Jasper National Park is the largest national park in the Canadian Rockies full of epic glaciers, mountains and lakes. It is also well know for its abundance of wildlife like elk, moose and bears. Jasper town is really quite small and full of souvenir shops and tourist eateries but really beautiful with amazing views of the Rockies on a clear day.


Jasper Town


Our firth stop was the Maligne Canyon which is a spectacular eroded stretch of canyon over 50 metres with many waterfalls. In the winter it all freezes over and you can actually walk on the ice down inside the canyon!


Maligne Canyon


Mt Edith Cavell is one of the most prominent peaks of the Canadian Rockies at 3,500m. If you look closely you can see Angel Glacier on the mountain.


Mt Edith Cavell


Jasper is a great place for wildlife spotting especially at dawn or dusk. Whilst we unfortunately didn't get to see a bear or a moose, we spotted deer and elk.


A deer by the river

A male elk right by our car!


We caught the sunset at Pyramid Lake with the view of Pyramid Mountain in the background.


Pyramid Lake

Pyramid Lake


We went white water rafting in Jasper on the Athabasca River. Whilst the rapids were a bit tame as it it was only class 2 and water levels were low, it was still awesome to be out on the river with beautiful scenery all around us. Unfortunately it was way too icy for a dip as the water runs directly from the Athabasca Glacier!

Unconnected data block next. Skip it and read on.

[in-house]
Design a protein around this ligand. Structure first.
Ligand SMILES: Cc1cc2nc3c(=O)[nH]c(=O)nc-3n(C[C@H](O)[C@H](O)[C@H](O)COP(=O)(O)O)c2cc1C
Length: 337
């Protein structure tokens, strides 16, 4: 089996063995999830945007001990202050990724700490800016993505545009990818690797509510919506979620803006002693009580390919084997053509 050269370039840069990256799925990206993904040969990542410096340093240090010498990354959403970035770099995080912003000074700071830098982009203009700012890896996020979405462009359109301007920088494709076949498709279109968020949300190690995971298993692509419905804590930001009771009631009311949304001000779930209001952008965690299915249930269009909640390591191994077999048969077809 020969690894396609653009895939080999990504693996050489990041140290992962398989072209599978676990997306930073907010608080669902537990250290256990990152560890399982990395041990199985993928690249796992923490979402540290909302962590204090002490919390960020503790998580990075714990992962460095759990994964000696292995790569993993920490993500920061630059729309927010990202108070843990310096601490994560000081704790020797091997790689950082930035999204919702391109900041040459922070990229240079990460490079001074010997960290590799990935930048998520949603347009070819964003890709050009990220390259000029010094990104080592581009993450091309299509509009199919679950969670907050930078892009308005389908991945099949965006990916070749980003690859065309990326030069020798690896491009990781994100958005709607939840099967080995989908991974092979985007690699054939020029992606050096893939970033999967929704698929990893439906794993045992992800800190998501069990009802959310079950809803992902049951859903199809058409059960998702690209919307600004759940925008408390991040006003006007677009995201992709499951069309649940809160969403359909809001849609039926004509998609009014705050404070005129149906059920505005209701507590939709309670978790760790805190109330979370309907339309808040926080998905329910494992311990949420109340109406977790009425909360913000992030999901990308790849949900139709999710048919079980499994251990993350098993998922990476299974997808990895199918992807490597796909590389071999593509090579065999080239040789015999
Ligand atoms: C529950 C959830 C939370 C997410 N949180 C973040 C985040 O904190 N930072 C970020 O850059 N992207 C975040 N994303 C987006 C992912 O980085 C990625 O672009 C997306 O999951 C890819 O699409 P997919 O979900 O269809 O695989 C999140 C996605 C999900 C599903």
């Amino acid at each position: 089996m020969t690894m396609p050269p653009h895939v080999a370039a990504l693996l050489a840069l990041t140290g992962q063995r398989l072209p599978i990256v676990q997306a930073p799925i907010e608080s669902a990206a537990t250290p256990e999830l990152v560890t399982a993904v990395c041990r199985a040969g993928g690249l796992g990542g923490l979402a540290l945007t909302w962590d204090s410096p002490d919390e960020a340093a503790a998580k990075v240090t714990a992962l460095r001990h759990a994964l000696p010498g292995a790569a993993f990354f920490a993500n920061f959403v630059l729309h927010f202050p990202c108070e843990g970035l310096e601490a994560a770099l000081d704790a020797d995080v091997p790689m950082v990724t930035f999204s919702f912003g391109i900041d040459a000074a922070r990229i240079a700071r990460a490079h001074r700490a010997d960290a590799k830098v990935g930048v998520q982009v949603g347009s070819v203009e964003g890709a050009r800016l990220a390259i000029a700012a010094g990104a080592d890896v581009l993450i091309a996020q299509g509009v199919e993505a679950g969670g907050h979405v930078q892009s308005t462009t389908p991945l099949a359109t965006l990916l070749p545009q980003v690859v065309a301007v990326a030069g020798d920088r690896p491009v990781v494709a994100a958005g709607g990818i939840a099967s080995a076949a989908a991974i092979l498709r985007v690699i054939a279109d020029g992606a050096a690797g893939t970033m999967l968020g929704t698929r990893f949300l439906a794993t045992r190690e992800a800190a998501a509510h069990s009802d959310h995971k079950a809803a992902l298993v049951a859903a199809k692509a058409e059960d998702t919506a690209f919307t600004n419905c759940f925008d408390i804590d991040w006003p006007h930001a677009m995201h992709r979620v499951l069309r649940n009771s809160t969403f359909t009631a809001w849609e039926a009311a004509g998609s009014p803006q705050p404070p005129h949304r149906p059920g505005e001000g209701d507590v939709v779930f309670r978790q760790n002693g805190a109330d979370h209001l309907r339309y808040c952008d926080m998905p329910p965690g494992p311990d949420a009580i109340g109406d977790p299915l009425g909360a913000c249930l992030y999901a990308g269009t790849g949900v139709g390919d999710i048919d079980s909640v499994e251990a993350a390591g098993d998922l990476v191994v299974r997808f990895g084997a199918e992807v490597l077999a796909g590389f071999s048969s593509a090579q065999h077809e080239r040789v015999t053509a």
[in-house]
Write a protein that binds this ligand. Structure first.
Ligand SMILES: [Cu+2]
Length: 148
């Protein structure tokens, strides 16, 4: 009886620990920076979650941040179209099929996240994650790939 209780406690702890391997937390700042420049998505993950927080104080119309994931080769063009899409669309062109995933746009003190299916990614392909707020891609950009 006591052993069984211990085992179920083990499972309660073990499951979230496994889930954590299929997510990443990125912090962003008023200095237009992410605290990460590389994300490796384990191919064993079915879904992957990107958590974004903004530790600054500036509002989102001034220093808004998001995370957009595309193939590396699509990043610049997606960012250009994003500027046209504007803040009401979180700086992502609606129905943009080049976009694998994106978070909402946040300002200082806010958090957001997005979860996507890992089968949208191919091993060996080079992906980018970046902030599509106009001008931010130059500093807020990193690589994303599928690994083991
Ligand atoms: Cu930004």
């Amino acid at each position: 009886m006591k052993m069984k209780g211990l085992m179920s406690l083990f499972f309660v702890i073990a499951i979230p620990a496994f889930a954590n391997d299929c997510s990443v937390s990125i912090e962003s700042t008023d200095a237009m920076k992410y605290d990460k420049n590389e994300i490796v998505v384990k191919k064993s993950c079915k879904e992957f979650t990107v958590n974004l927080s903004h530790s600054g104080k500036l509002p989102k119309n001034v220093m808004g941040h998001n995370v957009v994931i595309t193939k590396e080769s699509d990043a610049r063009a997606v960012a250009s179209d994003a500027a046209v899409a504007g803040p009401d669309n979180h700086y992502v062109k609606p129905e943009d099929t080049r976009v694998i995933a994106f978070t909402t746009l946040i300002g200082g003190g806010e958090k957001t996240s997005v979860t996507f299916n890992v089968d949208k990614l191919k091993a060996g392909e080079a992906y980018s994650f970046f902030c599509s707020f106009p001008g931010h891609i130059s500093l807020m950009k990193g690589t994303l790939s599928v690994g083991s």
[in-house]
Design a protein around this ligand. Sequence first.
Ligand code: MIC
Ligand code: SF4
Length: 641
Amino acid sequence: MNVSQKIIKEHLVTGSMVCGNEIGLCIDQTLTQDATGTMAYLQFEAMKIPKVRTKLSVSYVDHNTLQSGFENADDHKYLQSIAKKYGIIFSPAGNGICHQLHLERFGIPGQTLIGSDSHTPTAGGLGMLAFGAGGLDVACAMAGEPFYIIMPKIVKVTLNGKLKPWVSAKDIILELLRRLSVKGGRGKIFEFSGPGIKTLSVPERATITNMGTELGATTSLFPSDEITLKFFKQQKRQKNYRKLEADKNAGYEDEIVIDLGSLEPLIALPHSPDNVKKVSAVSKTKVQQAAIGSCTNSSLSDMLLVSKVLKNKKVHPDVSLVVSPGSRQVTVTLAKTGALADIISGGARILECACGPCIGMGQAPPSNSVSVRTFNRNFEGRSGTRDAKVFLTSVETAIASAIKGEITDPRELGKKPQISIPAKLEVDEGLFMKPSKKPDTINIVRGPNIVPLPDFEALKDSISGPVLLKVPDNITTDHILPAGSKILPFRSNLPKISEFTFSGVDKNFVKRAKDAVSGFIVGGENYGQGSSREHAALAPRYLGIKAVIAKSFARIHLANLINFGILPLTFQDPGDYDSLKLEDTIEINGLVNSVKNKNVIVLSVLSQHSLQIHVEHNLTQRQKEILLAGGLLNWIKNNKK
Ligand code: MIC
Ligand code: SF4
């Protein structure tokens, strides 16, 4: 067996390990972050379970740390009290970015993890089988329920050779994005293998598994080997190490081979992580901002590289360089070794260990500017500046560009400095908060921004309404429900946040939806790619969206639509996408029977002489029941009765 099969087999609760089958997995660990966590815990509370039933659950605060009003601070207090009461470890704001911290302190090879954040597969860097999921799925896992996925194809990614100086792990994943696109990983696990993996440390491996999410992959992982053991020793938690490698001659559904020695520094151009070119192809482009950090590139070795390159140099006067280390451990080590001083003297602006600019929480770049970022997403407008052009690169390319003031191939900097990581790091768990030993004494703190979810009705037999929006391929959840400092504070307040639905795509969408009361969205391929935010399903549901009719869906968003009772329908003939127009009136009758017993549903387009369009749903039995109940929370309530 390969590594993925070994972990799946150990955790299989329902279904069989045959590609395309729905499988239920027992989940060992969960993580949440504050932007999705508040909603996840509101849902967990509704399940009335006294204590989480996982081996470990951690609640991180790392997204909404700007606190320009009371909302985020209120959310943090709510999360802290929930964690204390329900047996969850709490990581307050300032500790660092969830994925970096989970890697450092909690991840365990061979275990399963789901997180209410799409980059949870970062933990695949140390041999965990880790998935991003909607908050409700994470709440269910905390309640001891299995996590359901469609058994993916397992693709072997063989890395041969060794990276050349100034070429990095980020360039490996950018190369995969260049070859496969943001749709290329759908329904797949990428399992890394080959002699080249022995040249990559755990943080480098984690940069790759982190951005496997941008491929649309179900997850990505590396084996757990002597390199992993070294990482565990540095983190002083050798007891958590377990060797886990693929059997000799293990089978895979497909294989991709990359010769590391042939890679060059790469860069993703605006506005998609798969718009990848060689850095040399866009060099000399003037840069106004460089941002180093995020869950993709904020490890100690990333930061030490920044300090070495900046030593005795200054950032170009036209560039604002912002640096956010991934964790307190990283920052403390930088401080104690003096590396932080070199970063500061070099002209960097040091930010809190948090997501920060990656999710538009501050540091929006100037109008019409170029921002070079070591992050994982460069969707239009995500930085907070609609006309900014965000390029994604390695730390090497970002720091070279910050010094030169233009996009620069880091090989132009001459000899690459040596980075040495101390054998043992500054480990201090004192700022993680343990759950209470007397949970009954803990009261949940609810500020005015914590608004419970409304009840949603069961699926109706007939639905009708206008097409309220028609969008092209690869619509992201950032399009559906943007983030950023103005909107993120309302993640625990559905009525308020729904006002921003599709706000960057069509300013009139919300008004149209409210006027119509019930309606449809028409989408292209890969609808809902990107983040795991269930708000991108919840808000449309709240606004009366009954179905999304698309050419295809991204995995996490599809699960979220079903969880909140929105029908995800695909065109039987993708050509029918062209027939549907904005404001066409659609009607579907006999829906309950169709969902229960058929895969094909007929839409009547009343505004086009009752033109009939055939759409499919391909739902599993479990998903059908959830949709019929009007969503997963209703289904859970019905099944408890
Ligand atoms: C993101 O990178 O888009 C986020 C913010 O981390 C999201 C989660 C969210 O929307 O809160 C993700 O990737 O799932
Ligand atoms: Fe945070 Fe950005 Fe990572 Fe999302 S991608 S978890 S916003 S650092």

White water rafting in Jasper

White water rafting in Jasper


After white water rafting we warmed up with a dip in the pools at Miette Hot Springs which is fed by natural hot springs water that flows from the mountains.


Accommodation - in Jasper we stayed at the HI Mt Edith Wilderness Hostel. The hostel was located at the end of a super windy road and pretty much in the shadow of Mt Edith Cavell. As a wilderness hostel, it had no electricity, running water (showers/flushing toilets) and basic rooms but it is in such an incredible location and gave us a little taste of being in the Canadian wilderness.


View of Mt Edith Cavell from our wilderness hostel


Jasper National Park to Banff National Park - Lake Louise (1 Night)


We spent the next day driving down the Icefields Parkway. The Icefields Parkway is the stretch of highway that connects Jasper National Park to Banff National Park. The drive down the Icefields Parkway was so incredible that it has its own separate blog post here.